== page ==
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Chef Kenny Giambalvo Resigns from Bluehour

Portland’s house of swank will conduct a national search to replace their leading kitchen man

By Karen Brooks April 15, 2011

Chef Kenny Giambalvo, who opened Bluehour with partner Bruce Carey in 2000

Bluehour executive chef and co-owner Kenny Giambalvo, a white-jacketed presence in Portland’s sexiest dining room since it opened in September 2000, surprised his staff yesterday with his resignation. Giambalvo, whose approach is Mediterranean with a New York accent, says he will pursue his own project. The plan, according to a letter to colleagues and friends, is to pursue "a completely different dining experience, a pursuit that will require my full attention.”

Giambalvo’s Bluehour partner, prominent Portland restaurateur Bruce Carey, says he’s known for some time that Giambalvo wanted to do more. “It’s been an ongoing conversation. I’m excited for him. It’s very amicable,” says Carey. But even Carey doesn’t know what Giambalvo is thinking: “He’s being very tight-lipped what he has up his sleeve.”

Giambalvo’s last outing, Balvo, a project with Carey on NW 23rd Avenue, was short-lived, drawing criticism for an inconsistent approach and logo madness. But the restaurant didn’t capture what Giambalvo does best: a feel for everyday Italian. Giambalvo’s spaghetti and truffle-scented gnocchi at Bluehour always seemed to trump the loftier experiments. Where he goes next will certainly be watched with interest. His plan is to transition out of Bluehour over the next week or two.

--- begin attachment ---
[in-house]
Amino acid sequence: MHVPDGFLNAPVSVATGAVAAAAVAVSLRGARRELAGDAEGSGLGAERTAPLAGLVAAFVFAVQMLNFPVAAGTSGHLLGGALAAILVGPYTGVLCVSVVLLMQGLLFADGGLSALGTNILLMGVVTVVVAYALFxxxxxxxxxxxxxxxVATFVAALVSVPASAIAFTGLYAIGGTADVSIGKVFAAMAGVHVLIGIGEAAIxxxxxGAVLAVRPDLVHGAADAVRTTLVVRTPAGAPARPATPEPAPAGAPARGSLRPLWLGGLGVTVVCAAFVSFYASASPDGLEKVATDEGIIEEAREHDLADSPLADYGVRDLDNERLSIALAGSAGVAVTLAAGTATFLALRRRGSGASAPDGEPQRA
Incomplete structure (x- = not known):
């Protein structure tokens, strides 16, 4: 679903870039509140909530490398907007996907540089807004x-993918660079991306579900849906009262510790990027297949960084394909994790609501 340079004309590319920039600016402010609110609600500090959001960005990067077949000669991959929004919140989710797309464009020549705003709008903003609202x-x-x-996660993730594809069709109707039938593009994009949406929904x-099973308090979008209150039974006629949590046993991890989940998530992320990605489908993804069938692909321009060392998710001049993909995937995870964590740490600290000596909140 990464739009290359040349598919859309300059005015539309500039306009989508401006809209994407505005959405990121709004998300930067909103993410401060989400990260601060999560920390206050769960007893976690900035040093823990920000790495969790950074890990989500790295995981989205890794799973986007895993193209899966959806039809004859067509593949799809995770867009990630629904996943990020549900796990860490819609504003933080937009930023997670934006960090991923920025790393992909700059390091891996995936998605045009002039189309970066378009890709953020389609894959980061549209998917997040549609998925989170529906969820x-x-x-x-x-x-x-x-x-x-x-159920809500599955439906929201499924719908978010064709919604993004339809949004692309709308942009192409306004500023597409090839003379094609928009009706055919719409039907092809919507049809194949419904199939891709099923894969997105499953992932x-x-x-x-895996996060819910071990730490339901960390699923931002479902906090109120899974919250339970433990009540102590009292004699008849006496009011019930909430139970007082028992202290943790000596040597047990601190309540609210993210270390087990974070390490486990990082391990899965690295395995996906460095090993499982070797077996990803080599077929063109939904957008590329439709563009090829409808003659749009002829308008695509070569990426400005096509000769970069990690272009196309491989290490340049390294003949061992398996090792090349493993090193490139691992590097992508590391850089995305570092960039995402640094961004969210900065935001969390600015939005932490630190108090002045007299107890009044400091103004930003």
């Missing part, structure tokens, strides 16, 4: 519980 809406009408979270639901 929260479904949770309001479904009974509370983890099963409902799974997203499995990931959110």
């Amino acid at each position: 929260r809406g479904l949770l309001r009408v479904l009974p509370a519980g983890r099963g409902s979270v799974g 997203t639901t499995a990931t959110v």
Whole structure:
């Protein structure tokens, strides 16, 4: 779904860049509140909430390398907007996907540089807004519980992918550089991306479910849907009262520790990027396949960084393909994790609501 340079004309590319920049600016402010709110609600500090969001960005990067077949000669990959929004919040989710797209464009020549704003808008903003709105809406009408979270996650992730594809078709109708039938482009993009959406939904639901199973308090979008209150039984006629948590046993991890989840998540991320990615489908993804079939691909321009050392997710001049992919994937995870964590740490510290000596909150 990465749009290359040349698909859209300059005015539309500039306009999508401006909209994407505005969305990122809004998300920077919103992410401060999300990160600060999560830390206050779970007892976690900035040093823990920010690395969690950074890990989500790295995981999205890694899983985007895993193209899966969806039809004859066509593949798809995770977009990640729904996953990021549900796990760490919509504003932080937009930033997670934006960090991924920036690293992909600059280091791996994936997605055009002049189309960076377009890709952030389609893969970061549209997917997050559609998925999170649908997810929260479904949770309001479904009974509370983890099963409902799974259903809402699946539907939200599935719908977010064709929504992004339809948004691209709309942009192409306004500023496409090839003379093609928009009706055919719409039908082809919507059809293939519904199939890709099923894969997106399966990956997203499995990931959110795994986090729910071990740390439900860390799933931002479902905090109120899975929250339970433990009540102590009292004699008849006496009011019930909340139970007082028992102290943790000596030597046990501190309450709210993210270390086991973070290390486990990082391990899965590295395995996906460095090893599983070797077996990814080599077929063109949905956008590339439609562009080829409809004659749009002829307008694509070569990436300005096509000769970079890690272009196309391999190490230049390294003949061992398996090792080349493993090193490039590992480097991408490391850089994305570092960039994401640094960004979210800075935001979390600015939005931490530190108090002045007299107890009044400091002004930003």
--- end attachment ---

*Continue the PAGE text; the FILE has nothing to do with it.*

Carey plans to launch a national search for a new kitchen leader, to head up what he calls a very stable kitchen crew. “We’re not in a crisis, not in a rush. We don’t want to upset or throw out what we’ve built here.”

A conservative approach makes sense, given the recent debacle at Saucebox, owned by Carey and partner Joe Rogers. New York chef Jason Neroni was given free rein to reinvent the Asian menu, and his overly wacky approach alienated longtime customers, in large part because it simply didn’t taste delicious. Neroni departed after a very short stint, and menu signatures were restored. “We learned a lot from the Saucebox experience,” says Carey. “We want a new chef to honor what we’ve been doing for 10 years—to have an understanding of our clientele before reinventing the concept completely.”

Carey says he’ll search the country for exciting talent, or maybe he’ll find it right here in Portland’s back yard. He’s confident that a stable restaurant in one of the country’s most dynamic food scenes will draw impressive candidates. “We have our sights set high. We’re going to do it right. It’s nice that we can take our time.”

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